Sorry, but I can't resist pointing out that 80-50=30, by which time I would hope that most children will not only have graduated high school, but also completed their undergraduate degree, and quite possibly completed their graduate studies for their PhD.

Well, except for me. I was 33 when I finally got out of grad school.
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  #23  
Old 09-17-2003, 09:08 AM
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Very interesting thread! Well, our story is rather complicated, but here's the condensed version: I placed my 1st child (a daughter) for adoption when I was a teenager. I married at 18 & had son @ 20. I'm now almost 27. My husband & I, for a multitude of reasons, have decided that rather than "birthing" another child, we'd like to adopt an older, special needs child. Now, here's where this applies to this thread. Through watching our research & process, my dad (57) & stepmom (50) are becomming very interested in an older child (or sibling group) as well. My stepmother has never had children, & my dad missed out on a lot of quality time, because of an out-of-state custody arrangement. They are looking at children in foster care, & the youngest child they are looking at is 11...but most are in the 12-14 y.o. range. When we mentioned their circumstances to our non-profit agency caseworker, she shuffled in her seat & changed the subject. So, opinions? Would they be considered too old? Or was the caseworker's reaction (or lack thereof) a personal opinion?
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  #24  
Old 09-17-2003, 09:29 AM
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Quote:
Originally posted by emiliesfirstmom
I definitely believe there should be age limits on adoption, particularly for newborns. Yes, there is an age at which humans become to old to be parenting newborns. I think that age tends to vary from person to person and depends a lot on the physical and mental health of the individual. I would not hesitate though to support prohibitions on infant adoptions for those over 50. I think its too old. If you adopt a newborn at 50, you'd be almost 80 when he/she graduates high school, assuming you live that long!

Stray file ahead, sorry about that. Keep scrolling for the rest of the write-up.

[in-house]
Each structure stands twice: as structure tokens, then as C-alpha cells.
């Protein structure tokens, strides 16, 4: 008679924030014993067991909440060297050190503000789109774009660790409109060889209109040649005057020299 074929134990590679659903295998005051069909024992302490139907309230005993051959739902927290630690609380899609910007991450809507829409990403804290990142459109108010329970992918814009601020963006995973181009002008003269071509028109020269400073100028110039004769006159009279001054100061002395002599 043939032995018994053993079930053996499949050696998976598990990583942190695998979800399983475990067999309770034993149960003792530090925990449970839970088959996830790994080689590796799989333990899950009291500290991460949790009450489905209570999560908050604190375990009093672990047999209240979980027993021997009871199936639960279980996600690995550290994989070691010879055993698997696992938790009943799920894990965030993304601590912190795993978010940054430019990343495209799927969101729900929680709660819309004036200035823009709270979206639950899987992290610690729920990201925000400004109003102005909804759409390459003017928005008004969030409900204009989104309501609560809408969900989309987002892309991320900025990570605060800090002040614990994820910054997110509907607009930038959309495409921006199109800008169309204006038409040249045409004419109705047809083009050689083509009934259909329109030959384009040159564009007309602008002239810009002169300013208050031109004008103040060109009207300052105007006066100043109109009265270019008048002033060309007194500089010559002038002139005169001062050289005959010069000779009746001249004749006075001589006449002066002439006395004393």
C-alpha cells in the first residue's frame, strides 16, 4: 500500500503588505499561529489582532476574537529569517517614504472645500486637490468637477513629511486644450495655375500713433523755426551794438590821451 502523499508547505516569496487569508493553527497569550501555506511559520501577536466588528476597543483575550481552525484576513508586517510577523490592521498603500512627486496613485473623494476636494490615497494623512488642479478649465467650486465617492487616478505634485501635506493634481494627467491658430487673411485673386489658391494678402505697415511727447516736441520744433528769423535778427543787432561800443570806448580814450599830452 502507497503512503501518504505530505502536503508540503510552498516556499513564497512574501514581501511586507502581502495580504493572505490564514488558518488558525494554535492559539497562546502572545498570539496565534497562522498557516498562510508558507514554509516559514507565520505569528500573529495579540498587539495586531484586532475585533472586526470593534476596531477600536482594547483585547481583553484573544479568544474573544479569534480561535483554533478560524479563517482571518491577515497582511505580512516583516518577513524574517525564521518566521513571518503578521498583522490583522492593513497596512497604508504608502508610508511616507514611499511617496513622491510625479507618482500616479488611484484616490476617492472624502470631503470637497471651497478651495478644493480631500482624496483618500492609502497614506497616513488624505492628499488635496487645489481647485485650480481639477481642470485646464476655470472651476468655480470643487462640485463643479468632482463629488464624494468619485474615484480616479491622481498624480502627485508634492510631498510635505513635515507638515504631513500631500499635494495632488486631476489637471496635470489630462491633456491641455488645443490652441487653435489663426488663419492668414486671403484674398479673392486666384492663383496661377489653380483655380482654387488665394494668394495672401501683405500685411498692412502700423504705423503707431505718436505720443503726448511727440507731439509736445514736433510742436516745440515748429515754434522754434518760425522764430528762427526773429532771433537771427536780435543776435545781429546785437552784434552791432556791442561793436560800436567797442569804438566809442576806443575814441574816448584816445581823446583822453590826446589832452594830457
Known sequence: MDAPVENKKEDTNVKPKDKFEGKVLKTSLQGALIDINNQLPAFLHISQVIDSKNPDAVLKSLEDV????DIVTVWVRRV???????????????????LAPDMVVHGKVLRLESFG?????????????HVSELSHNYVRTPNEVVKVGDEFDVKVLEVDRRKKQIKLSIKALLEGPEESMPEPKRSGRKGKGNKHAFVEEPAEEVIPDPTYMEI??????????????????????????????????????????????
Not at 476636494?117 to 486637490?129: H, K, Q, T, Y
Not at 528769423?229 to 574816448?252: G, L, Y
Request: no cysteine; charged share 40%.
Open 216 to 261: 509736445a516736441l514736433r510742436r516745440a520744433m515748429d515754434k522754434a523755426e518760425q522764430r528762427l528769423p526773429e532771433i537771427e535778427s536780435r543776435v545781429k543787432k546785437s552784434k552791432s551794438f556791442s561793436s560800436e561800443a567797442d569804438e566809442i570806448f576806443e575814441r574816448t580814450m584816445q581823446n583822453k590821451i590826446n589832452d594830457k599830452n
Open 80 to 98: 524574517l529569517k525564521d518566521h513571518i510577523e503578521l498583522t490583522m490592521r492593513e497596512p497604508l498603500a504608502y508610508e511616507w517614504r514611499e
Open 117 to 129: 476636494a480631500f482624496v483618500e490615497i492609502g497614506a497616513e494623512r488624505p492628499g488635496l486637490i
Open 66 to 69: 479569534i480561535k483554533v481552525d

If you adopt a newborn when you are 50 you will only be 68 (not 80) when he or she graduates High School and I know a lot of people who are over 68 and even past 80. The attitudes of some people are really bad about people who are over 50. Most places in the world consider older people wise and experienced. A lot of people here just consider them old and a burden It's sad that we don't take advantage of the older persons wisdom and experience in life. Being 50 is not a death sentence! Being 20 does not make you a capable parent. We are not guaranteed to have a long life. My BIL is 42 with 2 children and has brain cancer and likely won't live out the year. His youngest was born when he was 35. She wont have her dad around when she graduates High School
Enough rambling I think you get my drift that age is only a number. And we are not guaranteed any number of years.
Pat

Last edited by Pblair : 09-17-2003 at 09:33 AM.
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  #25  
Old 09-17-2003, 09:50 AM
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Peggy Peggy is offline
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jhenrie, I don't think your parents are to old, or would run into any problems for the age range they are looking at. Who knows why your social worker changed the subject. I doubt they will run into an age-based barrier. I am planning to adopt a second child, I will be @ 48 or 49, and am going to be looking in the 7 to 12 age range, and don't anticipate a problem.
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  #26  
Old 09-17-2003, 10:04 AM
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Talking

Thanks for the encouragement! They've been getting pretty excited at the prospect, & I've been emailing them tons of photolistings that fall within their criteria. I (1) didn't want to keep getting their hopes up if they couldn't & (2) definitely didn't want to be the one to tell them if they couldn't. Your post is very encouraging, though. I hope that they are able to pursue the wonderful world of adoption, & I hope that a child is able to benefit from all they have to give. On a more selfish note: I've never had a sister!!
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  #27  
Old 11-07-2003, 09:24 AM
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I wish Someone would start a group just for us older parents. It sounds like we could have a lot of members . Say 40 and up? I bet we could share many things with each other. Anybody??? By the way I just turned 50 and recently adopted my two foster babies. Yes I have bio children in thier 20's. I have enough energy to chase these toddlers and I am proud to say I am a stay at home Mom and do many activities with my toddlers. They are well taken care of and have gaurdians if something should happen to me or my husband. They have a nice size bank account in their name because we have our house paid off and we can afford to do this. I would love to see a group for us older mature parents that can share our ups and downs......
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  #28  
Old 11-07-2003, 11:16 AM
HappyMomAnna HappyMomAnna is offline